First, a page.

I am very happy with using just the battery. When the outside temperature is between 55-75F, I often get more miles than the onboard computer estimates. The same is true for the gasoline engine, but I need a longer trip to see the actual hybrid gas mileage. I expect it to be around 50 mpg, but I wasn't driving with an empty battery that much to say it for sure that it won't drop lower.
To compare, our Prius 2015 (not a plugin) gives us 55-60 in very good conditions without an a/c, and drops to 40-45mpg in unfavorable conditions. I am yet to discover what Ioniq will do in those conditions without the battery.
I also expect to go lower when we start using a/c.
Hyundai does not put Electric heaters in their hybrids, it uses the heat from the engine like a conventional car. Because of this, if you turn the heater on before the engine is up to temperature, it will start the engine -- and it will restart as the engine cools down.

I'm not sure of Hyundai's exact reasoning, though I suspect it is at least partially a matter of how much range you lose with an electric heater or heat pump; and also the fact that their PHEVs are largely designed for California.
 

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Hyundai does not put Electric heaters in their hybrids, it uses the heat from the engine like a conventional car. Because of this, if you turn the heater on before the engine is up to temperature, it will start the engine -- and it will restart as the engine cools down.

I'm not sure of Hyundai's exact reasoning, though I suspect it is at least partially a matter of how much range you lose with an electric heater or heat pump; and also the fact that their PHEVs are largely designed for California.
All PHEV will run gas engine in cold weather for heat to ensure the gas engine does not get "short run time" which will kill the engine oil and then the engine. To get a few dollars fuel savings at the expense of accelerated engine wear would be stupid.

Actually, heat pumps are ideal for mild climates like CA to Washington states. Up north in Canada, winters are too cold and HPs work like s*&t. Imagine trying to transfer heat from outside air of -20F to inside air of 35F. Not much heating is going to happen. Cars (and houses) with HP must have an auxiliary electric heat element for this reason.
 

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All PHEV will run gas engine in cold weather for heat to ensure the gas engine does not get "short run time" which will kill the engine oil and then the engine. To get a few dollars fuel savings at the expense of accelerated engine wear would be stupid.

Actually, heat pumps are ideal for mild climates like CA to Washington states. Up north in Canada, winters are too cold and HPs work like s*&t. Imagine trying to transfer heat from outside air of -20F to inside air of 35F. Not much heating is going to happen. Cars (and houses) with HP must have an auxiliary electric heat element for this reason.
Actually, most PHEVs I know of have electric heaters (or heat pumps) and, so long as you remain in EV, don't start the engine -- they run like an EV, though their range will be maybe half of normal. Since the engine never comes on there is no effect on the engine oil (just like not running the car at all). Hyundai seems to be an exception here.

Now, most PHEVs will require a certain amount of run time if the engine is never used; if the engine isn't started for a certain period of time the car will switch itself out of EV mode to hybrid mode. Much of that is to prevent the gasoline from sitting in the gas tank to long, as it will eventually gel; though it also allows the oil to lubricate the engine parts. And, of course, you must change your oil at the same interval as an HEV to lubricate the engine and ensure the engine remains "good."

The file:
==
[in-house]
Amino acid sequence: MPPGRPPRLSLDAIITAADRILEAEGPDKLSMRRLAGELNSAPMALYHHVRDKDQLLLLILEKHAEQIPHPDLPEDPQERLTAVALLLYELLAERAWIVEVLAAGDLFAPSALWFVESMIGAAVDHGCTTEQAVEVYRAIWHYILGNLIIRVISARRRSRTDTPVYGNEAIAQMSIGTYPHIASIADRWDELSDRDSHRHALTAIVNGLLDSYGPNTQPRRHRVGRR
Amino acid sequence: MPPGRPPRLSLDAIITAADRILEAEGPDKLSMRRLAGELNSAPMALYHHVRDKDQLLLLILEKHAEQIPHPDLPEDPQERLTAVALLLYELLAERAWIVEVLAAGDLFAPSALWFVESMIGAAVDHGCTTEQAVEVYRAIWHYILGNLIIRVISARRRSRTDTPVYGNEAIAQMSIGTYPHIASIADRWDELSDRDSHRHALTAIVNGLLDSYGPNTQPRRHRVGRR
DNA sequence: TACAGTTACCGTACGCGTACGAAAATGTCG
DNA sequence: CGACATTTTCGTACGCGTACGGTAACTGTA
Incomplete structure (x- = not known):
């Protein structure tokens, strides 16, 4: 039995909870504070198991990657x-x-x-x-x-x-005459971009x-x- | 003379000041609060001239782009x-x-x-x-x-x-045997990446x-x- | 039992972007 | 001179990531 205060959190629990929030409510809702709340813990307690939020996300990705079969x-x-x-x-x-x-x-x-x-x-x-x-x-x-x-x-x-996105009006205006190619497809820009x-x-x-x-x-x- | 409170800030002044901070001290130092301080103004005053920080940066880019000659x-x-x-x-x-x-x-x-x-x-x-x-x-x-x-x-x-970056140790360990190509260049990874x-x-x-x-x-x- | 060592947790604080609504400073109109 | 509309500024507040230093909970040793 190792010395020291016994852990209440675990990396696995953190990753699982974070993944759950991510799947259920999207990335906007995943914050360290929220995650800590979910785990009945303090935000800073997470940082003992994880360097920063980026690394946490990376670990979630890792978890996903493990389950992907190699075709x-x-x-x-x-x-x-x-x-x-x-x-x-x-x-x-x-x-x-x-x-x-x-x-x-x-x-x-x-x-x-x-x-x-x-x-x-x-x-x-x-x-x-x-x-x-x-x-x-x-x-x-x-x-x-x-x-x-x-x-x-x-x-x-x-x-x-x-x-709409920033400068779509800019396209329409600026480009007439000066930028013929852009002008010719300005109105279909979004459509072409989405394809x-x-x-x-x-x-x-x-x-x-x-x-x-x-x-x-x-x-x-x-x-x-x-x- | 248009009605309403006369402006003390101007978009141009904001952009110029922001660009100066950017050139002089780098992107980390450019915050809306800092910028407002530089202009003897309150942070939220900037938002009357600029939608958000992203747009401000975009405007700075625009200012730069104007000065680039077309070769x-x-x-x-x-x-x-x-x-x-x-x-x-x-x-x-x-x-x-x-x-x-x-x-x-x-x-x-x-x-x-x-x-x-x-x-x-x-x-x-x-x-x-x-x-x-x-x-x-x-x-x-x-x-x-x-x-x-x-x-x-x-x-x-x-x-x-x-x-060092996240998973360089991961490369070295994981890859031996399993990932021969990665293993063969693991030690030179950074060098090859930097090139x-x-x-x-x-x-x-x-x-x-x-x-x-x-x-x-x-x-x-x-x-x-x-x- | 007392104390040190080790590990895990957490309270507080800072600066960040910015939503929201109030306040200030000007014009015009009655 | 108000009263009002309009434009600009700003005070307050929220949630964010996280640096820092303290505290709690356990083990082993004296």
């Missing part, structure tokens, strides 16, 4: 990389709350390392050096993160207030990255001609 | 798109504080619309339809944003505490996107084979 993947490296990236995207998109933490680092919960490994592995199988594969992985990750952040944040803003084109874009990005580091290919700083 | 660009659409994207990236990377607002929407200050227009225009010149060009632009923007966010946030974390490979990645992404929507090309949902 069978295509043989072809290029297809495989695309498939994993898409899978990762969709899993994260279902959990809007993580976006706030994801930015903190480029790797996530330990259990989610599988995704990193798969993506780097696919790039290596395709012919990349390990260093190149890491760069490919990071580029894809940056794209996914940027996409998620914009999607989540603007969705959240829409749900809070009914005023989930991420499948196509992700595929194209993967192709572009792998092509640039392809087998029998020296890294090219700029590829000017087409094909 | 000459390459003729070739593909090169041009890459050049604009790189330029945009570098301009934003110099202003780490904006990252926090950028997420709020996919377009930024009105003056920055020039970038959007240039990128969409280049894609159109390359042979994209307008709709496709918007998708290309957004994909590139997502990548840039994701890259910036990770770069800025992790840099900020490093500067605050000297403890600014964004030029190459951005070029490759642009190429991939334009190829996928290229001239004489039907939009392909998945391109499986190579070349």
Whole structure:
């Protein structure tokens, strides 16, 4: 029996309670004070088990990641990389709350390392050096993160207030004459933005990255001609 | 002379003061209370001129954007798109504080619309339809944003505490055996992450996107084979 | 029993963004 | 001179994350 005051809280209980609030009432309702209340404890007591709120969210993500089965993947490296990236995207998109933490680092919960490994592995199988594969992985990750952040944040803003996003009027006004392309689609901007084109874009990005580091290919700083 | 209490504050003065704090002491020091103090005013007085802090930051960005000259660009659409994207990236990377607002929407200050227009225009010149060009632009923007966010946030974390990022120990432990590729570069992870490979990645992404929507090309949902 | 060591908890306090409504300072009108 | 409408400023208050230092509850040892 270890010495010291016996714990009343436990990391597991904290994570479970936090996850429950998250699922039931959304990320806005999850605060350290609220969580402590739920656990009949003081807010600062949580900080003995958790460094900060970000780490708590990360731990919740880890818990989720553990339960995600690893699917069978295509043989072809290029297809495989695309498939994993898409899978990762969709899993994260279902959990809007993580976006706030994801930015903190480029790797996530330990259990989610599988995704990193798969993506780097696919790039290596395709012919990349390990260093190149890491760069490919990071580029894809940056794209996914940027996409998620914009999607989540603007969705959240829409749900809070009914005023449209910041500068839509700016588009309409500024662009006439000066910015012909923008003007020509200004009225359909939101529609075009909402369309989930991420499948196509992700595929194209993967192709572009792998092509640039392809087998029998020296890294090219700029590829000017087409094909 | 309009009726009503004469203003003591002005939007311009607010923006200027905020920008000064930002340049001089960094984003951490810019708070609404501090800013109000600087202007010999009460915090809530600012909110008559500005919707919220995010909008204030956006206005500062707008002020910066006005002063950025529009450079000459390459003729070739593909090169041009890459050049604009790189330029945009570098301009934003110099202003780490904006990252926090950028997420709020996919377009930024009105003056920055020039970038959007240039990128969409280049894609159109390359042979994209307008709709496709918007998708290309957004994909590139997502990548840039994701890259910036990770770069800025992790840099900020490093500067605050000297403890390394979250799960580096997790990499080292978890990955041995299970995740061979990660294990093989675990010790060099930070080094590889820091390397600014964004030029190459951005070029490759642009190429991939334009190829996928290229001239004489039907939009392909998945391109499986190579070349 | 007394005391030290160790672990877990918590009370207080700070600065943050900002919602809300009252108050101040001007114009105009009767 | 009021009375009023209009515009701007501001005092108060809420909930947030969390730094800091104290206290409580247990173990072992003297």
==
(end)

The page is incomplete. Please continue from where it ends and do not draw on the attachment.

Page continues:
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Chevy Volt, the most popular PHEV's heating mode is similar, run gas engine when heating mode: ( From Volt manual)

"Automatic Climate Control System: The heating, cooling, and ventilation for the vehicle can be controlled with this system. The vehicle may require the use of an auxiliary heat source under certain cold conditions. This provides additional heating and defrost capability obtained by running the engine, even if the high voltage battery is adequately charged. Under these conditions, the engine will start and use fuel. Make sure there is fuel in the tank."

Honda Clarity PHEV forum:
"A battery heating system is not included in the US model. Result: Will not start in battery temperatures below -22F, and engine must run in temperatures below 14F (not sure if that’s also due to lack of a battery heater). Not the most encouraging setup up north in the winter. Canadian models get a battery heater, which I’m assuming will help the need for the engine to run."

Analysis of Prius Prime plug in heat pump rationale:
"Stepping back, one has to ask: Why is Toyota going to all this additional complexity for a low AER plug in vehicle that has a gasoline engine? There’s plenty of waste heat available from the engine. This complex of a system would be better suited for a pure BEV in our opinion. Perhaps Toyota DOES have a secret BEV project waiting in the wings and the Mirai is just a ruse!
Given that this system would be better suited for a pure BEV, do you think this would be a worthwhile option for the Tesla model 3 or Bolt EV?
— or does Tesla have a better way by simply using waste heat to warm things up?"
Advanced Heat Pump Comes of Age in the New Prius Prime. Would this be a good option for Model 3 or the Bolt EV? - GM-VOLT : Chevy Volt Electric Car Site GM-VOLT : Chevy Volt Electric Car Site